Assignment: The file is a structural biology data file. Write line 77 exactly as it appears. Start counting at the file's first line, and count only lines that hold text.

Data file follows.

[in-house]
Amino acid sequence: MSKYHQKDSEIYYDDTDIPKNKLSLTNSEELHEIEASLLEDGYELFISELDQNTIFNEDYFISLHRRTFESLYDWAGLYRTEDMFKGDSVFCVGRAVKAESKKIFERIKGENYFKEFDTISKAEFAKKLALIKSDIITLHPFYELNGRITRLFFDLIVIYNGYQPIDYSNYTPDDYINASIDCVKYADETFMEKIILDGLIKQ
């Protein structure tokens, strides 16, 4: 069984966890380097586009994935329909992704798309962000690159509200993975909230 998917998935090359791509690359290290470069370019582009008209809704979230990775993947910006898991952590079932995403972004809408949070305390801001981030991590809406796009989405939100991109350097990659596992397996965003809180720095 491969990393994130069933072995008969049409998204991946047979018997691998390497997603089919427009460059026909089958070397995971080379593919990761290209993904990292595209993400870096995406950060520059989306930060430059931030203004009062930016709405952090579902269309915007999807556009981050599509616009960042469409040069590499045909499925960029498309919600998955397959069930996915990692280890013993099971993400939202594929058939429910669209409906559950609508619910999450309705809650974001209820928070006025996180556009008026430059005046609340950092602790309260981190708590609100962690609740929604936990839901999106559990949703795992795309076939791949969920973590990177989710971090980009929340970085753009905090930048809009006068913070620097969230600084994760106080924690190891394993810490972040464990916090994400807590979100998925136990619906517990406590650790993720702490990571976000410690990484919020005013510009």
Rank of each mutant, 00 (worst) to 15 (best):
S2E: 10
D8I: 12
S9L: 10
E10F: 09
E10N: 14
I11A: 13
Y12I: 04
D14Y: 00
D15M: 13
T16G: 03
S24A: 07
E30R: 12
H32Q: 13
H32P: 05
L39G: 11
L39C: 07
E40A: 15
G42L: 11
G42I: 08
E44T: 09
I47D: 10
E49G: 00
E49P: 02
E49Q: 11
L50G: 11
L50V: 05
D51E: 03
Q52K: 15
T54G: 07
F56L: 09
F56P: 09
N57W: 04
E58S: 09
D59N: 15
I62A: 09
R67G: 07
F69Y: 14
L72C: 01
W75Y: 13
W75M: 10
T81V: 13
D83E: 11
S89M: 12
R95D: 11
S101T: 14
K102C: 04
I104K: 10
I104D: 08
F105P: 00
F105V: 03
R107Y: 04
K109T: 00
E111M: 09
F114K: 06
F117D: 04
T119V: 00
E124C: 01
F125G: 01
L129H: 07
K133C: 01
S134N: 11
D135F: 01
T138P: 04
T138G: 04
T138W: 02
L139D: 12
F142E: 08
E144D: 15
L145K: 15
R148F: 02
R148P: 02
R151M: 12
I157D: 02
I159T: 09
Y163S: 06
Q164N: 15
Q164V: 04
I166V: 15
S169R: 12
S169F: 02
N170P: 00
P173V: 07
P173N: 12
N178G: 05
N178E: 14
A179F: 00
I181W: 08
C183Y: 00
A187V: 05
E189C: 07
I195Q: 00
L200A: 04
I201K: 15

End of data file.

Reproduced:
I157D: 02